- Financial institutions should come forward to ease credit policy, which might help the borrowers to meet up the long term or short-term financial needs.
- With the consent of the policymakers, specifically Bangladesh Bank, commercial banks should extend their short-term repayment obligation. In some cases, banks should allow conversion of short-term loans into long terms to provide a way out for the borrowing firms to tackle the situation and make a pragmatic initiative to recover their losses during this sudden pandemic.
- Private credit flow must be on the growth phase by way of creating new or existing enterprises to generate more employment within the shortest possible time to minimize the unemployment created due to this corona pandemic.
- Bangladesh Government and the central bank must ensure that interrupted economies should continue to function amid the virus outbreak.
- Cutting interest rates should already be a possible response by Bangladesh bank, which would be a supportive element for a demand management problem of the corporate house and firms.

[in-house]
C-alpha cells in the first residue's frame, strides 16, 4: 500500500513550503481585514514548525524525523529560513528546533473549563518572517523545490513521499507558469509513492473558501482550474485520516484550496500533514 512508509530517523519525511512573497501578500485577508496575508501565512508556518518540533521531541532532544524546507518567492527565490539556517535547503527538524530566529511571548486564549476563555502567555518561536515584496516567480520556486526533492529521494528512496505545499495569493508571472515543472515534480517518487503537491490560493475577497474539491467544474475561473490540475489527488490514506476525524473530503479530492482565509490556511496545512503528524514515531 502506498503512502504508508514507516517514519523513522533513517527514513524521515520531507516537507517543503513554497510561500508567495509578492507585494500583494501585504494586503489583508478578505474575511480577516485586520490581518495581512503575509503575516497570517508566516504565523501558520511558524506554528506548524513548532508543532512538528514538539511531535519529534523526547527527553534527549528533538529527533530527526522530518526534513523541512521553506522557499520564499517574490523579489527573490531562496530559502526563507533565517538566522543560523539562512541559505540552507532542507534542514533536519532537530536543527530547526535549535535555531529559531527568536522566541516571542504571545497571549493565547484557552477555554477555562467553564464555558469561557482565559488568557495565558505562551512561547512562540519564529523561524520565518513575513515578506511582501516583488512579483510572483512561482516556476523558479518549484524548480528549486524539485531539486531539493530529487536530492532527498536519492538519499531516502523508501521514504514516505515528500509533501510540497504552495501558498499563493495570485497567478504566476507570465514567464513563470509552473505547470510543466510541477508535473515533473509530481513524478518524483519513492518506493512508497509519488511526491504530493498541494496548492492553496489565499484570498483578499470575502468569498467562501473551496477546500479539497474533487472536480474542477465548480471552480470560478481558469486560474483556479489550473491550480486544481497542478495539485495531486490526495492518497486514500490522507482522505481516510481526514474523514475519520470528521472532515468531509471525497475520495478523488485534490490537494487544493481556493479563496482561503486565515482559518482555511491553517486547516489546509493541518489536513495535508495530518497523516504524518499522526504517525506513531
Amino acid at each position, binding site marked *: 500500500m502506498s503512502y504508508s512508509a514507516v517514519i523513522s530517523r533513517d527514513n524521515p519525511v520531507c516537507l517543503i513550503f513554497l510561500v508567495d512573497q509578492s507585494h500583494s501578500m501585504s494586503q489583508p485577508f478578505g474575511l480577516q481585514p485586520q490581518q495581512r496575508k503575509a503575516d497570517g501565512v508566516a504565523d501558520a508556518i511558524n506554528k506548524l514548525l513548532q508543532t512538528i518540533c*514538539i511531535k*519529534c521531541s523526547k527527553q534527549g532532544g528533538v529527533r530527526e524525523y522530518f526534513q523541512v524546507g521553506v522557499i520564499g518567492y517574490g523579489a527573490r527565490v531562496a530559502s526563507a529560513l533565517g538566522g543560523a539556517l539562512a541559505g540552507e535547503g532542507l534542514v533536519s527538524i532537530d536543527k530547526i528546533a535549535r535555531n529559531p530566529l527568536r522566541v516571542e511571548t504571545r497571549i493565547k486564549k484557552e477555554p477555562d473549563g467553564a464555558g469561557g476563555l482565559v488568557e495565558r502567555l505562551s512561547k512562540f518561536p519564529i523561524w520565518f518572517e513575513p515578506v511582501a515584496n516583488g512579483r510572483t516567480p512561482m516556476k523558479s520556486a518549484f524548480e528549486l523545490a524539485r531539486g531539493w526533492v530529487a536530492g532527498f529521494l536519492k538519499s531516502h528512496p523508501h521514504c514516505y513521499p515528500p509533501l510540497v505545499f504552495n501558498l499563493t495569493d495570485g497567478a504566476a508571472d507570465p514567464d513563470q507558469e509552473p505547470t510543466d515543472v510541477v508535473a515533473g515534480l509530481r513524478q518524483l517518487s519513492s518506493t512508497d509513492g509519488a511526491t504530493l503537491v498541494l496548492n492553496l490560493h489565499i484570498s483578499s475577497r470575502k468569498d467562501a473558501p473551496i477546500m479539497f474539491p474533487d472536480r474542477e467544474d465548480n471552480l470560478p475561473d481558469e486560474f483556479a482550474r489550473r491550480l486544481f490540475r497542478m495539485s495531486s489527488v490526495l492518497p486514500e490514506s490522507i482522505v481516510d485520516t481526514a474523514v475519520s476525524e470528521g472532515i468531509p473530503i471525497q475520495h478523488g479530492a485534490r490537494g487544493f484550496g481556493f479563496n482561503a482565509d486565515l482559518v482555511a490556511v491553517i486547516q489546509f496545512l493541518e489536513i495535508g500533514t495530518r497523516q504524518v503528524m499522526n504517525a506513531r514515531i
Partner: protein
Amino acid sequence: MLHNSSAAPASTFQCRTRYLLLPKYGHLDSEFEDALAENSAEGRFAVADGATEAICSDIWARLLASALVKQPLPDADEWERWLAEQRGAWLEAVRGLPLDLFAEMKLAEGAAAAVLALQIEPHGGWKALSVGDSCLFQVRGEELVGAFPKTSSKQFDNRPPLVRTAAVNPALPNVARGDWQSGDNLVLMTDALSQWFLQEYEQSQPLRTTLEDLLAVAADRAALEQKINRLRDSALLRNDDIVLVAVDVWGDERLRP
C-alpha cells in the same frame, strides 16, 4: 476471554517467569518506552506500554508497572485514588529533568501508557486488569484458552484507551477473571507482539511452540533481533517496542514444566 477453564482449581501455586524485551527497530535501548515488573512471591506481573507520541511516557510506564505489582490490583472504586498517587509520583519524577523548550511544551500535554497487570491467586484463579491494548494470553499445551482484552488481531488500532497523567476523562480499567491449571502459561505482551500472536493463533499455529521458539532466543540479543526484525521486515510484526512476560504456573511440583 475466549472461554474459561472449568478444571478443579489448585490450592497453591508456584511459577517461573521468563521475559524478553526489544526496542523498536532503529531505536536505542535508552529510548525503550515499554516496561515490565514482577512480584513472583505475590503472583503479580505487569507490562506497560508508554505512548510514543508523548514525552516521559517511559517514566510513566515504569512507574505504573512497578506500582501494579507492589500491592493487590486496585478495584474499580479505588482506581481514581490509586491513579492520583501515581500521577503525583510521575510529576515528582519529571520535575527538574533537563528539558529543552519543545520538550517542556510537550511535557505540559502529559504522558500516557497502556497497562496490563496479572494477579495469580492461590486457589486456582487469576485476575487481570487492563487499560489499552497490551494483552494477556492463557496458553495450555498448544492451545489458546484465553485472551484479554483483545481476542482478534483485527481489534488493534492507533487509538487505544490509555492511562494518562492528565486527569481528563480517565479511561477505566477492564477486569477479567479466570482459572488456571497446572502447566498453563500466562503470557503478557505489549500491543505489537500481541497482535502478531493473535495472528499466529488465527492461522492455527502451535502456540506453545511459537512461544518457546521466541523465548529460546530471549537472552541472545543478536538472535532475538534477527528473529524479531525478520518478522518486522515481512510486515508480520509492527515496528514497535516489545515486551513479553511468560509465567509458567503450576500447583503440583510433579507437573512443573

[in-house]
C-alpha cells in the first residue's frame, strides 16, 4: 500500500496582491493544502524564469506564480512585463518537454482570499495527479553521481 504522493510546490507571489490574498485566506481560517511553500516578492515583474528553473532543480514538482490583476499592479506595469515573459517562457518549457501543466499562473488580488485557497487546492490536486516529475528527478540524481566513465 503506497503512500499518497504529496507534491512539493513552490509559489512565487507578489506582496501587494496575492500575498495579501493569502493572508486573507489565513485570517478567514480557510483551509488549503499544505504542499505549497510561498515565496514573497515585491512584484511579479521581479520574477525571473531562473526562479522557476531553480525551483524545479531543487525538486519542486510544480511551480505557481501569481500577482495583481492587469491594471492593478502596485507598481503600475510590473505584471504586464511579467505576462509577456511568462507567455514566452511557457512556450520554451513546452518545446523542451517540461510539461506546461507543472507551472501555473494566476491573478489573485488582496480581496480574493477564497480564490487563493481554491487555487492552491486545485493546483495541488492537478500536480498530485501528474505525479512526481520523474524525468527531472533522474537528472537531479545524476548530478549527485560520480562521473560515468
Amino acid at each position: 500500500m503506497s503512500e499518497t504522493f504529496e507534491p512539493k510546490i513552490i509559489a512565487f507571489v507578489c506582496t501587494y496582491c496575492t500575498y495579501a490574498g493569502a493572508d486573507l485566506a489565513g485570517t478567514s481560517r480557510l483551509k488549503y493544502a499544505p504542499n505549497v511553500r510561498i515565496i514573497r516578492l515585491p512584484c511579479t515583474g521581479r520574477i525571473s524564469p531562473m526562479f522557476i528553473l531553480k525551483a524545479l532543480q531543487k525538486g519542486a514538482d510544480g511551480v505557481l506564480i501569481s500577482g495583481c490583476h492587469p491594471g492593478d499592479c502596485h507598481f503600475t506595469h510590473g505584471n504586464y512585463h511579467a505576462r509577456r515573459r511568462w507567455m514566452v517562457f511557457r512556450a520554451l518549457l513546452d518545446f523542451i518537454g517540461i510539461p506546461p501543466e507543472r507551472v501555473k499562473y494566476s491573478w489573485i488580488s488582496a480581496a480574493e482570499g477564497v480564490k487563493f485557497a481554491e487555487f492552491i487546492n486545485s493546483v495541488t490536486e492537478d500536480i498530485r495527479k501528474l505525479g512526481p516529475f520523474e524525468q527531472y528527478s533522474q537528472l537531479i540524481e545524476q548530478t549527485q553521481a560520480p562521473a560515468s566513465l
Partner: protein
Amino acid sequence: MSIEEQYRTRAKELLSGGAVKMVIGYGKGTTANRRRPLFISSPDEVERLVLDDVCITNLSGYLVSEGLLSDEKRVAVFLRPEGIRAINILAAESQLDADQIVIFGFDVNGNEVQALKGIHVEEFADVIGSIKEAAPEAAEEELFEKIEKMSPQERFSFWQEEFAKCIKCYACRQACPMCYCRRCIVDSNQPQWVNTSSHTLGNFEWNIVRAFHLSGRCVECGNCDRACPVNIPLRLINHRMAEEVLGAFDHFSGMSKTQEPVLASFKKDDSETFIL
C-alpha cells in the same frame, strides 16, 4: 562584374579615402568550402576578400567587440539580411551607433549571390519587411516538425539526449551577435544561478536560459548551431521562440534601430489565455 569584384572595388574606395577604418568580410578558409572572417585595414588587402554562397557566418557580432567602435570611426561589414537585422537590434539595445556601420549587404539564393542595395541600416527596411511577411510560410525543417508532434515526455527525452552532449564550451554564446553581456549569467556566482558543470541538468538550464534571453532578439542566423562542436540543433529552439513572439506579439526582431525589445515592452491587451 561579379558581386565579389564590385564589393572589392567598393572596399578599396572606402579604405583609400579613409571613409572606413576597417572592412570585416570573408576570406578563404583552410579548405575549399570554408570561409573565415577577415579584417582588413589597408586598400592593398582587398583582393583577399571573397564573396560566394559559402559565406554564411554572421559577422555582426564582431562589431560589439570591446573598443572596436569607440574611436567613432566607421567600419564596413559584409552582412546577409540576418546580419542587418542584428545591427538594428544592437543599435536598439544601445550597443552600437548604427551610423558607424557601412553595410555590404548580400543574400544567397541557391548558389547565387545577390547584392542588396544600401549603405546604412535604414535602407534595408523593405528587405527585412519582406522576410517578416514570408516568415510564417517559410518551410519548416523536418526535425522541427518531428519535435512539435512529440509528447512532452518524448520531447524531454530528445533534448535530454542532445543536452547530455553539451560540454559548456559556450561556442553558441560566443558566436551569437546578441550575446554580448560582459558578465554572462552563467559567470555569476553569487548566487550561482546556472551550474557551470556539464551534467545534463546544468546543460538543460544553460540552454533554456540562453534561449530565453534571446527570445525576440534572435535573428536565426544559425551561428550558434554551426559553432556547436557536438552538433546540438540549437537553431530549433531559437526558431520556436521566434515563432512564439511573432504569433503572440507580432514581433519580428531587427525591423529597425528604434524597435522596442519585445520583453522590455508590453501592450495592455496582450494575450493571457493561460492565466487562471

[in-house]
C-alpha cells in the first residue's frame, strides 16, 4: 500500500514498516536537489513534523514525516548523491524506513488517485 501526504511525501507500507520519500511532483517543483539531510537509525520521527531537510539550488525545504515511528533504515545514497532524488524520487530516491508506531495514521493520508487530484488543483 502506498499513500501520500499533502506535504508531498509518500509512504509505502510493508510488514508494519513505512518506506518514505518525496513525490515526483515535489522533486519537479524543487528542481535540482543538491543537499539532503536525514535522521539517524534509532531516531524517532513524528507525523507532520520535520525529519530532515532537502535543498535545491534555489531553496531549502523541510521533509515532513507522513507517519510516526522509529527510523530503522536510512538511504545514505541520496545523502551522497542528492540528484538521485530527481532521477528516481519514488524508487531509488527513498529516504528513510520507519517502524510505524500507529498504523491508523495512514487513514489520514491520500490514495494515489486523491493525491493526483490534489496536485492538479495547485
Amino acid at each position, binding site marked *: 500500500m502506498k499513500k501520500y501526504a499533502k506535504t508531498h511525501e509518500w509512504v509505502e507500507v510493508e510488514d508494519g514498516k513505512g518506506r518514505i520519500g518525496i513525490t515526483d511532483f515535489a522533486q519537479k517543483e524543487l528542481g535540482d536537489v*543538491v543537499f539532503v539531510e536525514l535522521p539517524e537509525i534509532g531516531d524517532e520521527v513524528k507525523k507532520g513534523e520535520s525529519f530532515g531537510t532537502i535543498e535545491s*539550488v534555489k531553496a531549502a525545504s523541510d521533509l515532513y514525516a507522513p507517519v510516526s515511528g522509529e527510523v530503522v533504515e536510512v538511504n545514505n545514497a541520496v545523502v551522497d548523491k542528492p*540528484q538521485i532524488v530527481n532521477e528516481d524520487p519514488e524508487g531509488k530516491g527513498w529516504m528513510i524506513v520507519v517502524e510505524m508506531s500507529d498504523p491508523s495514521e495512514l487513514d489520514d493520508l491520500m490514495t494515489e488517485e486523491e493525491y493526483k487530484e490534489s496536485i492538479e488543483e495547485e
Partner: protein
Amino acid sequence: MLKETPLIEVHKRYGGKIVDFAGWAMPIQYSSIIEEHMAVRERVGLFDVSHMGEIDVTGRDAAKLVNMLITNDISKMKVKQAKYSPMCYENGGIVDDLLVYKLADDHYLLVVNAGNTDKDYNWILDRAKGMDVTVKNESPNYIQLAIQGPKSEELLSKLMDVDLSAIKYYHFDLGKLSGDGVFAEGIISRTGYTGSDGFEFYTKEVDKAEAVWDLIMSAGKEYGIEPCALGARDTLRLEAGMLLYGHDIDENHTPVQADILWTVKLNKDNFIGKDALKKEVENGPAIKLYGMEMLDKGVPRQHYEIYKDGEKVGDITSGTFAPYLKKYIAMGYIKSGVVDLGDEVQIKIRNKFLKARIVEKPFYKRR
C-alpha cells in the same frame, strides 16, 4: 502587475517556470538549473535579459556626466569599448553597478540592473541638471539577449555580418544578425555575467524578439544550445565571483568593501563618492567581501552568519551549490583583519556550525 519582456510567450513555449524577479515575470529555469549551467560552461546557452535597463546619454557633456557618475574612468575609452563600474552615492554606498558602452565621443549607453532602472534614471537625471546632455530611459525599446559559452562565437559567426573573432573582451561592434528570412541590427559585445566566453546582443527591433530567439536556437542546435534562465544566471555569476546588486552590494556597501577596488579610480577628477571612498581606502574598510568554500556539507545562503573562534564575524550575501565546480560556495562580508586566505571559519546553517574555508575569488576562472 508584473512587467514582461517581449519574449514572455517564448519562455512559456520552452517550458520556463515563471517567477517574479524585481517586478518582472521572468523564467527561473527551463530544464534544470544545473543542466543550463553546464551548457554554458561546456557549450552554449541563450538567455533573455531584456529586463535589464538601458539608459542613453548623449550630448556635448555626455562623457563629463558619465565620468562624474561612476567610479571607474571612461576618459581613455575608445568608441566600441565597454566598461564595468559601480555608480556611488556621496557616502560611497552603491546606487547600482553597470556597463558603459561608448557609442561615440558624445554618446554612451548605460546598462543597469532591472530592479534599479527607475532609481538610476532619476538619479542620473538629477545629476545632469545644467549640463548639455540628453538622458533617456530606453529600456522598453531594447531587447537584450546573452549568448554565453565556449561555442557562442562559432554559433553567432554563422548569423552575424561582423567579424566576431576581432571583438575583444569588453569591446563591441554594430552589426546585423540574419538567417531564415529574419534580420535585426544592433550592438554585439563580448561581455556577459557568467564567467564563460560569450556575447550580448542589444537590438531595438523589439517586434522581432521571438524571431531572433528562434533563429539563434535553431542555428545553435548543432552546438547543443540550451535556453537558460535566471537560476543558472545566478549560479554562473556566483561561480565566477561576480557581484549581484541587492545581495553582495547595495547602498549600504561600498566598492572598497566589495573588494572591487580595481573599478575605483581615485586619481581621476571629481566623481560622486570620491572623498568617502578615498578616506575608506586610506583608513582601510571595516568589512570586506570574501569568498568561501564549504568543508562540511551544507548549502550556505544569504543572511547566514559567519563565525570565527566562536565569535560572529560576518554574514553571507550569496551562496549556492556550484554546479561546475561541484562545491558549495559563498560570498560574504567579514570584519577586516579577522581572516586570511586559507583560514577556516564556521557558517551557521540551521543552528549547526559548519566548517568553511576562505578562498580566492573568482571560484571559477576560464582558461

- The government should come forward to resolve the multi-faceted crisis in the economy amid this virus outbreak that will require monetary, fiscal, and health policy responses.
- Bangladesh bank, the Central Bank of Bangladesh, should announce a bailout program soon aiming to facilitate the country’s foreign trade that faces a setback following the coronavirus outbreak. Under the program, businessmen should get a series of benefits like export to proceed repatriation, sublimation of bill of entry, and extension of EDF loan tenure for further six months.
- The central bank of Bangladesh has already relaxed its policy, asking the scheduled banks to suspend the adverse classification of any loans till June 30 to facilitate business activities that have been adversely affected by the coronavirus outbreak.
- Under the relaxations, the banks have been instructed not to adversely classify any loans till June 30, 2020, from the states of January 01, 2020, according to a recent notification, issued by the Bangladesh Bank (BB).